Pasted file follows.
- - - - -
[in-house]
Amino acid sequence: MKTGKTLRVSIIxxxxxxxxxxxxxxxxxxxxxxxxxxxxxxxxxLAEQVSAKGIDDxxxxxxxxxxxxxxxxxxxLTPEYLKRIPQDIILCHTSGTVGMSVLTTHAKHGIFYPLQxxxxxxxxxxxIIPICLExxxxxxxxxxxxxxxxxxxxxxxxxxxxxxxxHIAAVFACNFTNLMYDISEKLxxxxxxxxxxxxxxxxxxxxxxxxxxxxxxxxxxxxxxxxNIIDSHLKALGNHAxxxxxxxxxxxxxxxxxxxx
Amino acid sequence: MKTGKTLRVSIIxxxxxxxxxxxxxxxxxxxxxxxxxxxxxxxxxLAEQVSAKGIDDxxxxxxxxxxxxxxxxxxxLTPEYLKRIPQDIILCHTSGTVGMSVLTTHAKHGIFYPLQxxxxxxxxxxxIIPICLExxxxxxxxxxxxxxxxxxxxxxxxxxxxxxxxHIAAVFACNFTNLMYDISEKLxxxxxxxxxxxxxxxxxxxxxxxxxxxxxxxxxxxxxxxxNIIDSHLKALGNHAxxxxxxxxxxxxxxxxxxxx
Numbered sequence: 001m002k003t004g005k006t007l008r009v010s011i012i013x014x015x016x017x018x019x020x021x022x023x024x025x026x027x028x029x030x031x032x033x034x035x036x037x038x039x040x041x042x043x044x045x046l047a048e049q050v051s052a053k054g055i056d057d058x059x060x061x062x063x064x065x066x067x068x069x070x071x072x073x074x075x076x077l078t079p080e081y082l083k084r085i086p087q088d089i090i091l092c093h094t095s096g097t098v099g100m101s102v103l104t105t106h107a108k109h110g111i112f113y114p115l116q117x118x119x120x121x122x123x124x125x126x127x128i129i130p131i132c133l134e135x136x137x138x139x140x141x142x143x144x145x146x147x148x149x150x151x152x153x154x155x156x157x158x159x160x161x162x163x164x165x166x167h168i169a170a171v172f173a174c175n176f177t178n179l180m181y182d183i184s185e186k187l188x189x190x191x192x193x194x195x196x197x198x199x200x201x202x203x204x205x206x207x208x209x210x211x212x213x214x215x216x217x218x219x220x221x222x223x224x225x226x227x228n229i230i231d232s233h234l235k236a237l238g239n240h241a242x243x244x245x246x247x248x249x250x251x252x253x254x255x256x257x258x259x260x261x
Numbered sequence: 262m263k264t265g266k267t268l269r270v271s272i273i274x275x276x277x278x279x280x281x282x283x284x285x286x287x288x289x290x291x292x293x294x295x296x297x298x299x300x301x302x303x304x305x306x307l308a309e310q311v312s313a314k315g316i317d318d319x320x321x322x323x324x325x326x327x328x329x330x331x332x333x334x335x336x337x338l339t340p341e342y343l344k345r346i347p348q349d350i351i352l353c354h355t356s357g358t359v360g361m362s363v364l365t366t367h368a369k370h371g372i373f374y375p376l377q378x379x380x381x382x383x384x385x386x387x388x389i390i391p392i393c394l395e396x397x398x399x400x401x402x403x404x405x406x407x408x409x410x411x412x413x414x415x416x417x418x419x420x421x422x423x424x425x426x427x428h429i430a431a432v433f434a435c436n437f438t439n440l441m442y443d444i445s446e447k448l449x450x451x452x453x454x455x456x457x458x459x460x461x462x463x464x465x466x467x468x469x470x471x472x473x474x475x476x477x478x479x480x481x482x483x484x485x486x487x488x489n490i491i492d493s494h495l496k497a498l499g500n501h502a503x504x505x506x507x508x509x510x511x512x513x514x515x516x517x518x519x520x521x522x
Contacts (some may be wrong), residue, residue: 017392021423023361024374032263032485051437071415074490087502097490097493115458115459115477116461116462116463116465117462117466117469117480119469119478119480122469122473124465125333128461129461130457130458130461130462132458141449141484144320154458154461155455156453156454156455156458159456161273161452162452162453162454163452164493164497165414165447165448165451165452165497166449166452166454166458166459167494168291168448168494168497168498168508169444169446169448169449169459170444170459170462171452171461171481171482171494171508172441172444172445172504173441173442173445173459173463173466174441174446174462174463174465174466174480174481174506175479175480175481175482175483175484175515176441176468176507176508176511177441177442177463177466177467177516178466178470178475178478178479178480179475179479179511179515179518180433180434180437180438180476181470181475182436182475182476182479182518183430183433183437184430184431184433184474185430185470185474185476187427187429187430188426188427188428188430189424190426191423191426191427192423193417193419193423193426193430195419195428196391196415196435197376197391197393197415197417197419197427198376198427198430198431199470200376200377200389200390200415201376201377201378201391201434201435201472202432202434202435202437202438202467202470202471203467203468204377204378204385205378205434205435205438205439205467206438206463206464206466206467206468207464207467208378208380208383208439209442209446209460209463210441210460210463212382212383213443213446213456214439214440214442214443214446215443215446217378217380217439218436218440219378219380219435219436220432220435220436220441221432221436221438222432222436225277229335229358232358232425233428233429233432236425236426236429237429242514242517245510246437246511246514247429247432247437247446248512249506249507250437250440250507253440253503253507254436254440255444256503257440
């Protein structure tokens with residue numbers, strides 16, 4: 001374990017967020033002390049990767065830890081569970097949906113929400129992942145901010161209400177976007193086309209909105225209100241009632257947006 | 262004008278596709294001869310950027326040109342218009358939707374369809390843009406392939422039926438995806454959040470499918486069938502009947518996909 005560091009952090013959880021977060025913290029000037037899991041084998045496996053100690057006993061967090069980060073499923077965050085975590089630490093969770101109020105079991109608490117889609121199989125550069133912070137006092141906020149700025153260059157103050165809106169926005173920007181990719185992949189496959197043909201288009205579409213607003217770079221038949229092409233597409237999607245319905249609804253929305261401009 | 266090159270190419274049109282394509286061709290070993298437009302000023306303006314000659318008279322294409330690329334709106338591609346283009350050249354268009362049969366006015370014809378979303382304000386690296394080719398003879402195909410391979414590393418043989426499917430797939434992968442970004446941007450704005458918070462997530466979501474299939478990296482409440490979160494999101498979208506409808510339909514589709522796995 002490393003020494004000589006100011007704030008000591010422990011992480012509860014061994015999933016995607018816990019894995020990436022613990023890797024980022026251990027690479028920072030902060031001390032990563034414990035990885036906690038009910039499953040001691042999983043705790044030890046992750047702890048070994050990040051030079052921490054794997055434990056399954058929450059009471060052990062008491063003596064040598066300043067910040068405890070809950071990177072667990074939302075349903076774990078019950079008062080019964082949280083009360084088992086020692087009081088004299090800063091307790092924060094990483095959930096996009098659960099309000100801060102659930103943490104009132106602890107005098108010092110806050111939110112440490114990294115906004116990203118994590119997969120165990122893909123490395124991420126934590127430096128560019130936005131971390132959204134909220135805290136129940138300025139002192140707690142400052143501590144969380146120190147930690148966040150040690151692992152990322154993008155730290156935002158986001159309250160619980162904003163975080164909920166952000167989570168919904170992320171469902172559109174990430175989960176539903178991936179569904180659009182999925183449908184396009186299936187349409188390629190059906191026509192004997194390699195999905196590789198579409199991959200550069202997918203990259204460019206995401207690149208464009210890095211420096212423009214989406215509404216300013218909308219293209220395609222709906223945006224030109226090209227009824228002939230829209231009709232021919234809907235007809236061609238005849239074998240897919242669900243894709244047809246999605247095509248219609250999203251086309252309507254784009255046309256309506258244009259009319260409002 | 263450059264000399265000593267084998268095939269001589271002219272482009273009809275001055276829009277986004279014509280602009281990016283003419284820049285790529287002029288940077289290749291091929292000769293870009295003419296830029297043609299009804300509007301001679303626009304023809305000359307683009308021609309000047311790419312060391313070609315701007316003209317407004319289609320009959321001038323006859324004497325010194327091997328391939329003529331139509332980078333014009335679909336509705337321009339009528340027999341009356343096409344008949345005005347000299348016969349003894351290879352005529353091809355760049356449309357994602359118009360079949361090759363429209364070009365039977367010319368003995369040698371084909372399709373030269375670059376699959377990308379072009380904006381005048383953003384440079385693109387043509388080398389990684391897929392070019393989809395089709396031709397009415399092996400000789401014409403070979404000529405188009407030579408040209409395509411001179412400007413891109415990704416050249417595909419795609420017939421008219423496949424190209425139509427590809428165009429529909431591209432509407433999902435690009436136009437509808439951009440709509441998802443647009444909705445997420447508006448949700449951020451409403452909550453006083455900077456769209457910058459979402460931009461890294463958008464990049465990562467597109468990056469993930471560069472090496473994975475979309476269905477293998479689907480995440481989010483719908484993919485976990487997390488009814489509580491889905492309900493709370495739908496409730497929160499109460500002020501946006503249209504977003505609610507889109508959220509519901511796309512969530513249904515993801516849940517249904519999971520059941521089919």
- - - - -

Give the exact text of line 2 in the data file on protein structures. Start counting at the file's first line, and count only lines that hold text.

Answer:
Amino acid sequence: MKTGKTLRVSIIxxxxxxxxxxxxxxxxxxxxxxxxxxxxxxxxxLAEQVSAKGIDDxxxxxxxxxxxxxxxxxxxLTPEYLKRIPQDIILCHTSGTVGMSVLTTHAKHGIFYPLQxxxxxxxxxxxIIPICLExxxxxxxxxxxxxxxxxxxxxxxxxxxxxxxxHIAAVFACNFTNLMYDISEKLxxxxxxxxxxxxxxxxxxxxxxxxxxxxxxxxxxxxxxxxNIIDSHLKALGNHAxxxxxxxxxxxxxxxxxxxx